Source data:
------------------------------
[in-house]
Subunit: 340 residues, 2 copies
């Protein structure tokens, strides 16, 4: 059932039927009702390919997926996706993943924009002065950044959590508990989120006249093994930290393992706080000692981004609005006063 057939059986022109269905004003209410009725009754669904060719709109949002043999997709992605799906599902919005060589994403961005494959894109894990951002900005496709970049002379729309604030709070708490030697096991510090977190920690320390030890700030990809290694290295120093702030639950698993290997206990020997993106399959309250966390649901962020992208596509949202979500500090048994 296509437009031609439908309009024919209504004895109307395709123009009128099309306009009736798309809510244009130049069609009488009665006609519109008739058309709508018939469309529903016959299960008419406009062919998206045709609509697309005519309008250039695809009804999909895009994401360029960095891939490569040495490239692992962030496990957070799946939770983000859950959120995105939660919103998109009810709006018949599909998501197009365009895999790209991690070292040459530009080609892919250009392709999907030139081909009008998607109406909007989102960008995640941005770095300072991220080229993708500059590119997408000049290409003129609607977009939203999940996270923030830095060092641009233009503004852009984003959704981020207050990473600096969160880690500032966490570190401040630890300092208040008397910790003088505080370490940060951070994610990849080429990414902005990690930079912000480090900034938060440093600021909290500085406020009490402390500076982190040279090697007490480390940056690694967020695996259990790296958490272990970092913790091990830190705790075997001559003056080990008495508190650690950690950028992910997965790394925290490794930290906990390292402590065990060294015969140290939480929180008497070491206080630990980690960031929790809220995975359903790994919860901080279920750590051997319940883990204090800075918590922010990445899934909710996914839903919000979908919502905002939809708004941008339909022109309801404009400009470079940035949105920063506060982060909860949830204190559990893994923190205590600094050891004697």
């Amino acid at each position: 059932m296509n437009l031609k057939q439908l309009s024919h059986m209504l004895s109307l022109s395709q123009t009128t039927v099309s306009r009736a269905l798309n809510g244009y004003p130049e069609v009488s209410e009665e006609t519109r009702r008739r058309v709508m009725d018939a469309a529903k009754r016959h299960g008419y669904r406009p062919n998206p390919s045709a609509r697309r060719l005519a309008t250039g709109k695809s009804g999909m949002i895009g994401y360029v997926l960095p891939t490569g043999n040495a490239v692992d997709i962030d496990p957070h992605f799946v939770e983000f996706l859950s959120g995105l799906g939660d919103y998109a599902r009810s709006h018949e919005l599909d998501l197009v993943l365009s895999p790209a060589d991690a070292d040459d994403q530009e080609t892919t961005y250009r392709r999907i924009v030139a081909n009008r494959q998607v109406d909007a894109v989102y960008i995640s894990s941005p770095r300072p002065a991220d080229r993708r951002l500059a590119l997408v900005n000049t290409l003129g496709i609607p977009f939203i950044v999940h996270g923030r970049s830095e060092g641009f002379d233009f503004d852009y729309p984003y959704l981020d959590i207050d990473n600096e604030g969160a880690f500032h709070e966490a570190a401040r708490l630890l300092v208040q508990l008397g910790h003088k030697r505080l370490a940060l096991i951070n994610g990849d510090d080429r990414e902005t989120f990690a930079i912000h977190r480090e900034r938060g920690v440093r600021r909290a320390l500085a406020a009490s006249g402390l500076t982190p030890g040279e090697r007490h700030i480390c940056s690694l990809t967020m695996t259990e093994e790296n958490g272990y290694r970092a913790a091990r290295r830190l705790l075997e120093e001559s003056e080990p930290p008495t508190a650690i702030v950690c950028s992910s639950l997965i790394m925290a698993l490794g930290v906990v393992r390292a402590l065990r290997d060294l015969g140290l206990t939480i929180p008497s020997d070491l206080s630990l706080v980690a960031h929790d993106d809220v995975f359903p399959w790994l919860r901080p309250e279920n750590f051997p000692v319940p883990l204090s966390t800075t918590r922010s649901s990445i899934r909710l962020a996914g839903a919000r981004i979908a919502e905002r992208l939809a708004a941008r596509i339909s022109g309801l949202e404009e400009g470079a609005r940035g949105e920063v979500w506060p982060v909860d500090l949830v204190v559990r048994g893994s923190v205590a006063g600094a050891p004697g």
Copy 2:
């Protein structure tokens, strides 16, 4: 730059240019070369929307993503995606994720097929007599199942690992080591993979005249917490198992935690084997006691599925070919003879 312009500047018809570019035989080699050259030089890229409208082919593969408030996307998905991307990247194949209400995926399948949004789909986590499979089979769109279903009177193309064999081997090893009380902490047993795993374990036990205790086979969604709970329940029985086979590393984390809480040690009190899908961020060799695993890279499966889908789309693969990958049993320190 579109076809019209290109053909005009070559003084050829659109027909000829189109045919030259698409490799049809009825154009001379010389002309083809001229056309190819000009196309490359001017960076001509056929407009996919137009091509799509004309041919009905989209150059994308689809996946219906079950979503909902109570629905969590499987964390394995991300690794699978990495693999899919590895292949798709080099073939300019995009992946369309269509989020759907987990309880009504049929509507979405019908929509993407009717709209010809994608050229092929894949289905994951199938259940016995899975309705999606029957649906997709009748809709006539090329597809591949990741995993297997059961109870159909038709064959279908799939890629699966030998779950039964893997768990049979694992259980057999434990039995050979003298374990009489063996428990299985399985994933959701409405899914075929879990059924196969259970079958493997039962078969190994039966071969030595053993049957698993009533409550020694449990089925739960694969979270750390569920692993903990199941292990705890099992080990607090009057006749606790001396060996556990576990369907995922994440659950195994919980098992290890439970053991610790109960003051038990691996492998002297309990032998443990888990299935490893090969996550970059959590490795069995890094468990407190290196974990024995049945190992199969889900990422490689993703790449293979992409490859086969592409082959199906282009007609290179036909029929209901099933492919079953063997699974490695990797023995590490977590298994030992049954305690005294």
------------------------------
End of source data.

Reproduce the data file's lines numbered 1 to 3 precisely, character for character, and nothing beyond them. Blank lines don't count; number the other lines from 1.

[in-house]
Subunit: 340 residues, 2 copies
């Protein structure tokens, strides 16, 4: 059932039927009702390919997926996706993943924009002065950044959590508990989120006249093994930290393992706080000692981004609005006063 057939059986022109269905004003209410009725009754669904060719709109949002043999997709992605799906599902919005060589994403961005494959894109894990951002900005496709970049002379729309604030709070708490030697096991510090977190920690320390030890700030990809290694290295120093702030639950698993290997206990020997993106399959309250966390649901962020992208596509949202979500500090048994 296509437009031609439908309009024919209504004895109307395709123009009128099309306009009736798309809510244009130049069609009488009665006609519109008739058309709508018939469309529903016959299960008419406009062919998206045709609509697309005519309008250039695809009804999909895009994401360029960095891939490569040495490239692992962030496990957070799946939770983000859950959120995105939660919103998109009810709006018949599909998501197009365009895999790209991690070292040459530009080609892919250009392709999907030139081909009008998607109406909007989102960008995640941005770095300072991220080229993708500059590119997408000049290409003129609607977009939203999940996270923030830095060092641009233009503004852009984003959704981020207050990473600096969160880690500032966490570190401040630890300092208040008397910790003088505080370490940060951070994610990849080429990414902005990690930079912000480090900034938060440093600021909290500085406020009490402390500076982190040279090697007490480390940056690694967020695996259990790296958490272990970092913790091990830190705790075997001559003056080990008495508190650690950690950028992910997965790394925290490794930290906990390292402590065990060294015969140290939480929180008497070491206080630990980690960031929790809220995975359903790994919860901080279920750590051997319940883990204090800075918590922010990445899934909710996914839903919000979908919502905002939809708004941008339909022109309801404009400009470079940035949105920063506060982060909860949830204190559990893994923190205590600094050891004697």